In the movie, which stars baby-faced Tobey Maguire, the clothes and the cars were fabulous. It made such a killing at the box office that one might think it would signal a sea change in racing's normally drab off-track betting clientele.
No luck at Portland's downtown dog-and-pony gambling parlour, the Rialto. With Hiroshima-bright fluorescent lights and long, brown Formica tables, the hall resembles a dingy elementary-school cafeteria where the lunch lady's been replaced by a man who takes--and, if you're lucky, gives back--your money.
On the first Friday of the New Year, most of downtown's corporate soldiers head home tired and ragged, hungover from the week's festivities. At the Rialto, it's just another day at the races.
The handful of men (and two women) here are of many ethnicities and in various stages of aging and income. The few dozen screens showcase racetracks from as far away as Australia and as close to home as Portland Meadows. The ambience is friendly, though there's little eye contact with gazes fixed at all times on the televisions. Racing forms, newspapers and coffee cups litter the tables. Topics of conversation range from handicapping advice to the quality of racing in California (it stinks) to the recent "snowstorm."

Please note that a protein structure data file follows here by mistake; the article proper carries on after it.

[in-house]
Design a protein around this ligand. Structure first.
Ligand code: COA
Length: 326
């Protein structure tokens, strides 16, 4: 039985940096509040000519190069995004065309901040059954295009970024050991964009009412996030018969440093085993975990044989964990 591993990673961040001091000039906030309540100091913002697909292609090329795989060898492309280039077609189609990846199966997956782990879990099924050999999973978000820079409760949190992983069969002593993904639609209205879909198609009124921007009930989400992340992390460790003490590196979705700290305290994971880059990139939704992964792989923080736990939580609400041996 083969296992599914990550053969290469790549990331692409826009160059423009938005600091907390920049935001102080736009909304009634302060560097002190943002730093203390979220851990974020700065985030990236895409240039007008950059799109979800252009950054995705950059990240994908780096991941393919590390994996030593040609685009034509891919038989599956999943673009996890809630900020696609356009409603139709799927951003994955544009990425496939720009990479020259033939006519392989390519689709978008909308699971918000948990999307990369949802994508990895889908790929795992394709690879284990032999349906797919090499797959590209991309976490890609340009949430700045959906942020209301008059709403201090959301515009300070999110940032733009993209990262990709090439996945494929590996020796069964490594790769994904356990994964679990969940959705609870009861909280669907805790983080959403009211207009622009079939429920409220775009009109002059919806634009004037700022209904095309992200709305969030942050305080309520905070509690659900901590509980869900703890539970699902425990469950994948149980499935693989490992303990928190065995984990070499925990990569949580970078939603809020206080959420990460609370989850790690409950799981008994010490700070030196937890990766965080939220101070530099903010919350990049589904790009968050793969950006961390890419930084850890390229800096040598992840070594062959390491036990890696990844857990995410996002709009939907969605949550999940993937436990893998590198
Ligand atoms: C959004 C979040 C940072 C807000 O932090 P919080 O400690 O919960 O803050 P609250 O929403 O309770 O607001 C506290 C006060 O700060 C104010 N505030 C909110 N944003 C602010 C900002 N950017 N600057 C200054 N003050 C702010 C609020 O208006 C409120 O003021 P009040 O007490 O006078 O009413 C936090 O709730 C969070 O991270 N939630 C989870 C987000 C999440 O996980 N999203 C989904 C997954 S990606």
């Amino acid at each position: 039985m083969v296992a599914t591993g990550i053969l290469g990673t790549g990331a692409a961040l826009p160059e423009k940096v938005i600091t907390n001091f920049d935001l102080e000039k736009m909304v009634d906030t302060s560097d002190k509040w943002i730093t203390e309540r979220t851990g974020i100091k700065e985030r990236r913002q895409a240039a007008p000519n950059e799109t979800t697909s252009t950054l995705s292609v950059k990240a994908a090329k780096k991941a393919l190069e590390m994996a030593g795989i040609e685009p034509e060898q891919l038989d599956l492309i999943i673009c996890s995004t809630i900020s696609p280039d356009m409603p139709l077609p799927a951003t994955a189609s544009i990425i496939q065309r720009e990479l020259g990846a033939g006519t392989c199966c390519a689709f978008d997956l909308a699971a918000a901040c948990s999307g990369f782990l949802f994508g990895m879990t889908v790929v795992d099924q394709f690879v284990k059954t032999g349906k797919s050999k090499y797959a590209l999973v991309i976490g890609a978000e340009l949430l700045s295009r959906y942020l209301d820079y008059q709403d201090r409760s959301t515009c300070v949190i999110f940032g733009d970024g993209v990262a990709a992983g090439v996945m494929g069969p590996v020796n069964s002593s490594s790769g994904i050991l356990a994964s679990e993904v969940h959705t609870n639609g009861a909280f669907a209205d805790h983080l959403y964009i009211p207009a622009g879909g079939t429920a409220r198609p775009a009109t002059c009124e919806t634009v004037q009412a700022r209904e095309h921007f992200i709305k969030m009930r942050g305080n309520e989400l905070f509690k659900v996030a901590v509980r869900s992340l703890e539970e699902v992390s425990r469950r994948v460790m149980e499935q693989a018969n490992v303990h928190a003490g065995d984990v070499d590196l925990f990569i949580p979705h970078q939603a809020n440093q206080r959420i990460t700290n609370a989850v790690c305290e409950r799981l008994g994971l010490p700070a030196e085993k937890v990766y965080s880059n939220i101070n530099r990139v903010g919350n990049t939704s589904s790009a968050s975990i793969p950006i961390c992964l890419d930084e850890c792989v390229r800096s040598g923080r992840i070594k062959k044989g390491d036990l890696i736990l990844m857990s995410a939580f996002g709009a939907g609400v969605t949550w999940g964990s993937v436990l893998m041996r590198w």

It's hard to imagine that a movie like Seabiscuit could revolutionize the wardrobes of the patrons at the Rialto.
And why should it? They've probably never heard of Tobey Maguire, and unless he's the jockey on the No. 4 horse in the sixth race at the Santa Anita track, they don't want to know who he is. This is a bunch not so much ignorant of current events as more concerned with whether or not their six-dollar trifecta bet--not to mention their Social Security checks--will pay off or not. Seabiscuit, schmeabiscuit: These guys have gotta see a man about a horse.
Rialto, 529 SW 4th Ave., 228-7605. 11 am-2 am daily. 21+.